Tegh

Four Soldiers Killed as Azerbaijani Military Makes Further Incursions into Armenia

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YEREVAN (Azatutyun) — Four Armenian soldiers were killed and six injured on April 11 while conducting engineering work when an Azerbaijani military jeep drove toward them near the village Tegh and shot them. Six were injured.

In addition, several Azerbaijani soldiers were killed when the Armenian side retaliated.

The dead servicemen, according to the Armenian Defense Ministry are: Arthur Avetis Sahakyan (1999) Mkrtich Armen Harutyunyan (1989) Henrik Vachagan Kocharyan (1997) Narek Gagik Sargsyan (1994)

The Armenian Defense Ministry said that its troops came under fire on Tuesday afternoon as they fortified one of their outposts just outside Tegh. It released an eight-minute video (https://www.mil.am/en/news/11414) that shows a large group of Azerbaijani soldiers approaching Armenian servicemen and then arguing and coming to blows with them. The scuffle degenerated into warning shots that apparently preceded the firefight.

Russia said on Wednesday that its soldiers and border guards deployed in nearby Armenian territory helped to stop the worst Armenian-Azerbaijani border clash in months. No further ceasefire violations have been reported from this or other sections of the border since Tuesday evening.

“This provocation is another Azerbaijani attack on the territorial integrity of the Republic of Armenia,” the Armenian Foreign Ministry charged on Tuesday night. It urged the international community to stop Baku from further escalating the situation.

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The European Union has called on Azerbaijan and Armenia to show “restraint” after the most deadly military clashes between the two foes in more than six months killed at least seven soldiers. Both sides exchanged artillery and machine gun fire over their unmarked border, with Azerbaijan warning it “will continue to take all necessary measures . . . to prevent provocations” from its neighbor.

France accused Azerbaijan of occupying Armenia’s sovereign territory when it reacted late on April 12 to the latest deadly clash on the border between the two South Caucasus states.

Azerbaijani army units took up new positions in the area on March 30 after advancing into what Yerevan regards as Armenian territory. Baku denies that they crossed the border.

“We reiterate that the delineation of the border must be achieved exclusively through negotiations, and we urge the Parties to continue their efforts to that end,” read a statement released by the French Foreign Ministry.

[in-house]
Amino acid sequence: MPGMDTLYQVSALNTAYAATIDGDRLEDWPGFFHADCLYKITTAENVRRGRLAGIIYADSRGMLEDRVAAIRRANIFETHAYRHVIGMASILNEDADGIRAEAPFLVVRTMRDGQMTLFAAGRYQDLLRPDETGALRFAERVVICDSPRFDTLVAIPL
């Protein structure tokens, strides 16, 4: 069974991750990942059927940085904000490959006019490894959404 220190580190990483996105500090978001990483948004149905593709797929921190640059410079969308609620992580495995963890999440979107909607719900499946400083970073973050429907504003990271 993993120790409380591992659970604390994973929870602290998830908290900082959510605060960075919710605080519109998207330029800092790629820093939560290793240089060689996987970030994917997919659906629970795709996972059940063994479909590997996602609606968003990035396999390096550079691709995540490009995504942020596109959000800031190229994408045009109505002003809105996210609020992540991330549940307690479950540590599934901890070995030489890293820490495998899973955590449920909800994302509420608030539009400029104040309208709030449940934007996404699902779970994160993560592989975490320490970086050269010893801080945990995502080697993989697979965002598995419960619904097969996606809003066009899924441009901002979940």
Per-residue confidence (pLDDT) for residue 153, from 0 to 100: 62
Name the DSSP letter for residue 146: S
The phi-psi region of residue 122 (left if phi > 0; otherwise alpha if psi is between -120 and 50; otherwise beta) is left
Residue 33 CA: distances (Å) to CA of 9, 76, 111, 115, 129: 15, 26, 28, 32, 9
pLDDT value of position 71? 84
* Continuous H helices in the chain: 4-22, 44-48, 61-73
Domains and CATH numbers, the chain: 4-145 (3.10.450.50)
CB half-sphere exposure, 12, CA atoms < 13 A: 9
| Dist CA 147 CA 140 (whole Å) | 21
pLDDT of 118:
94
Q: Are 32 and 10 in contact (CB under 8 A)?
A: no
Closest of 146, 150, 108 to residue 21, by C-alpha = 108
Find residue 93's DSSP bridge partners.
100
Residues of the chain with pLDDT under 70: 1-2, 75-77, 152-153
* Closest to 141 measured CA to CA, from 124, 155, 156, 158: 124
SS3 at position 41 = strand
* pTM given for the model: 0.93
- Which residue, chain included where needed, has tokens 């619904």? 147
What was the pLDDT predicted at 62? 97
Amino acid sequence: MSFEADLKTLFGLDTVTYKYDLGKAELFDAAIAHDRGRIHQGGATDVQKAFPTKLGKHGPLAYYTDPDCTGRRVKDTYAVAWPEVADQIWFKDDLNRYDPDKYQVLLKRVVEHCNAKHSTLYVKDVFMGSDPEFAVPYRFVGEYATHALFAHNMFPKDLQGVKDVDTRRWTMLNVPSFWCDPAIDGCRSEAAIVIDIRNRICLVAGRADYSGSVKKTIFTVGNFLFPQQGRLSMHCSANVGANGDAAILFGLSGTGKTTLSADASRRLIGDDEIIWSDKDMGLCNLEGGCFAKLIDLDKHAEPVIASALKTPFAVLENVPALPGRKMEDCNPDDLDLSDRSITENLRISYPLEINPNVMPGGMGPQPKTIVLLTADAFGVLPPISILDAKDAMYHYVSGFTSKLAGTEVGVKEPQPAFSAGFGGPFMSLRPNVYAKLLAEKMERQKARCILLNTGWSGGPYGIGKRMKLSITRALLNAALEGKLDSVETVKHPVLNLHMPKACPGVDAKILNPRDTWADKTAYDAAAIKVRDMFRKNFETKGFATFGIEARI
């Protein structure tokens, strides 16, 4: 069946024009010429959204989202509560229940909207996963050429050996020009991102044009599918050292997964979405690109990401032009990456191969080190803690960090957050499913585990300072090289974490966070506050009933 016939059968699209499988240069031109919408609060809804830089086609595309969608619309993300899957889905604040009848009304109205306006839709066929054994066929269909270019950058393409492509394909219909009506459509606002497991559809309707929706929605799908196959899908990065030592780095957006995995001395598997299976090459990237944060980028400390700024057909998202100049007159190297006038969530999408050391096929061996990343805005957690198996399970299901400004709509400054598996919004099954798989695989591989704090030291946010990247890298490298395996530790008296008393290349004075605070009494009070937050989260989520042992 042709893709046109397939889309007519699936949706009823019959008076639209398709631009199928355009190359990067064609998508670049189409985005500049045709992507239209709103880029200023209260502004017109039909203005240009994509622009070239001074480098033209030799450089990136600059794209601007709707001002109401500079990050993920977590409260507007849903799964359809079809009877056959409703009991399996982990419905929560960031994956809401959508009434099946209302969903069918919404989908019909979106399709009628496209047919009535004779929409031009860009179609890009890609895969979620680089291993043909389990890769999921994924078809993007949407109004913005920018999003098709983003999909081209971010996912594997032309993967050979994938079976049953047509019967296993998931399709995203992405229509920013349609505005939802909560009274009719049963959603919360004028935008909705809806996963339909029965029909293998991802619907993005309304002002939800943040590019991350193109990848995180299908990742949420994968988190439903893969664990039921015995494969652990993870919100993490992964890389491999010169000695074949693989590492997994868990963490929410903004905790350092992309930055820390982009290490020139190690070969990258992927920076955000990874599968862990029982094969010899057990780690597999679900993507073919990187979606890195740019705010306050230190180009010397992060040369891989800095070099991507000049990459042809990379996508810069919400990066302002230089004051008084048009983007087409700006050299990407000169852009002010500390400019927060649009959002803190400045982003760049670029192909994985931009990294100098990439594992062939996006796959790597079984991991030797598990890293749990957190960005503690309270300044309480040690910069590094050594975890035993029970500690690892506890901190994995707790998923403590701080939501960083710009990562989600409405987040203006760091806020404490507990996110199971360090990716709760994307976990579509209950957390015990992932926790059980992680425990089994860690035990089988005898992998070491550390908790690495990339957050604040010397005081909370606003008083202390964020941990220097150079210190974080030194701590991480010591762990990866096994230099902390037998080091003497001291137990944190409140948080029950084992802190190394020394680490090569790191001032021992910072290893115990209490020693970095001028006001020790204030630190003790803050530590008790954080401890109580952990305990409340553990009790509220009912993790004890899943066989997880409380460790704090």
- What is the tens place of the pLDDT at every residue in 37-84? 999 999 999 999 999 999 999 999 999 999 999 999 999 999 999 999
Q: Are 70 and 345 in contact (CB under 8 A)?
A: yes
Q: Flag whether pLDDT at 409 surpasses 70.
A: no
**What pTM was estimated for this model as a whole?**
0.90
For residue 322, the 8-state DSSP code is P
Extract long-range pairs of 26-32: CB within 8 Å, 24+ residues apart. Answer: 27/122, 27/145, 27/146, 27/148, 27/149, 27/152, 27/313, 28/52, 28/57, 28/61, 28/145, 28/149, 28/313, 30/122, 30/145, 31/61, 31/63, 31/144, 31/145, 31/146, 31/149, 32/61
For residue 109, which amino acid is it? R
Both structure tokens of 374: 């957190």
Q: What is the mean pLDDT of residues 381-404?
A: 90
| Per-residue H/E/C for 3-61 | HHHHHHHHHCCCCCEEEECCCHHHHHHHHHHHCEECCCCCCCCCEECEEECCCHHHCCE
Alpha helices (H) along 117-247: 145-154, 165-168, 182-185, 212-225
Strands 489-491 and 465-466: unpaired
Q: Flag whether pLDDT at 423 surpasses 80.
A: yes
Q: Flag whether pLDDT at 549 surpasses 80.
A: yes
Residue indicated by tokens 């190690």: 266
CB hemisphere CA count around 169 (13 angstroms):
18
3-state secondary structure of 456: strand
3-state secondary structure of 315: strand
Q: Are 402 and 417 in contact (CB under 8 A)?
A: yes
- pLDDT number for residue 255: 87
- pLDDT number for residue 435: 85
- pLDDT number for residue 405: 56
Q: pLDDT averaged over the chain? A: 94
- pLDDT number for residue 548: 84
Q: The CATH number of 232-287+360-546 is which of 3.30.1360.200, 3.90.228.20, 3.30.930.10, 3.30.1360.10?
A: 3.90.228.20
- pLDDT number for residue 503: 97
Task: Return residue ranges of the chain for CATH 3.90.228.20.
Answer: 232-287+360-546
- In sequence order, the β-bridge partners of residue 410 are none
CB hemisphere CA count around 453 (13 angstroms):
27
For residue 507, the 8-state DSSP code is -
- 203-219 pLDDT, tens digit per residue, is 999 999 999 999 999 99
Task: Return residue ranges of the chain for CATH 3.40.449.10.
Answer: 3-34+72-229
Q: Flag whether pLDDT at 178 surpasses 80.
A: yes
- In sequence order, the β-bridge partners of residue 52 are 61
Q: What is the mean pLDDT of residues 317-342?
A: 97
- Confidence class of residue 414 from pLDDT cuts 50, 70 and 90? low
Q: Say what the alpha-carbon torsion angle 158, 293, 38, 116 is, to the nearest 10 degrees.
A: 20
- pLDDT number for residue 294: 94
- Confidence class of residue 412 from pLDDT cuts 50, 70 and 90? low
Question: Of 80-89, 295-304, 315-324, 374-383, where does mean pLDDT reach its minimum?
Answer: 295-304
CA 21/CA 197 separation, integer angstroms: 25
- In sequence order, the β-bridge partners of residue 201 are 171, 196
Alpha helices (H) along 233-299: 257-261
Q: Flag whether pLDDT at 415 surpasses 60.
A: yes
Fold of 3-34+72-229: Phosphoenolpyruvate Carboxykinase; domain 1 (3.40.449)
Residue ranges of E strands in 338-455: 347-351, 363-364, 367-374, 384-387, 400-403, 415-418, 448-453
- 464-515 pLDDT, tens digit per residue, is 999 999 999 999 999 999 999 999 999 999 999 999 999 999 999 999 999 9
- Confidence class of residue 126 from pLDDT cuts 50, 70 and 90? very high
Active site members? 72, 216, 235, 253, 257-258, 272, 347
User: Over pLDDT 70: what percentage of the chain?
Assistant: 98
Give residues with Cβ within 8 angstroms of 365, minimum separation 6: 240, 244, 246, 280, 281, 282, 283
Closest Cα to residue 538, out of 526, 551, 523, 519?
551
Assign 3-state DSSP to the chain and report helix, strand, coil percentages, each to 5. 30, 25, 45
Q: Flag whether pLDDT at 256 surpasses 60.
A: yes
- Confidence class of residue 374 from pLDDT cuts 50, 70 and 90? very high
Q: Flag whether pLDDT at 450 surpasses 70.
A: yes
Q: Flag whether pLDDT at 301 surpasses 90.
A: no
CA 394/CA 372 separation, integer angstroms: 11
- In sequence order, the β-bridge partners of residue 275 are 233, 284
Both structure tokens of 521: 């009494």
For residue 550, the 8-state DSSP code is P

“Armenia’s territorial integrity must be respected and Azerbaijani forces occupying positions on the Armenian side of the line of contact must withdraw in order to prevent future incidents and preserve the foundations of a lasting peace in the region,” it said.

The Azerbaijani Foreign Ministry condemned the “one-sided” statement and presented it as another example of France’s “biased attitude” towards Azerbaijan.

Unlike France, the European Union did not blame either side for the fighting. An EU foreign policy spokeswoman urged Armenia and Azerbaijan to withdraw their troops from the volatile border and respect each other’s territorial integrity.

Prime Minister Nikol Pashinyan hailed the EU’s reaction on Thursday, saying that Yerevan has supported the idea of troop disengagement for the last two years. ”Such a solution is hampered by Azerbaijan’s unconstructive position,” he said.

“This incident yet again emphasizes that in the absence of a delimited border, the 1991 line must be respected and the forces of either side withdrawn to safe distances from this line to prevent any similar incidents from occurring,” an EU foreign policy spokeswoman, Nabila Massrali said in a statement.

Massrali also urged Yerevan and Baku to restart their stalled talks on the delimitation of the Armenian-Azerbaijani border.

It is not clear whether Tuesday’s skirmishes were witnessed by any of some 100 EU monitors who were deployed along the Armenian side of the heavily militarized border in late February. The monitoring mission made no public statements.

Meanwhile, the Russian Foreign Ministry spokeswoman, Maria Zakharova, said the latest fighting shows that Moscow was right to oppose the EU mission and warned that it could only heighten tensions between the two South Caucasus nations.

“We had … predicted the inevitable,” Zakharova told reporters in a clear jibe at the Armenian government.

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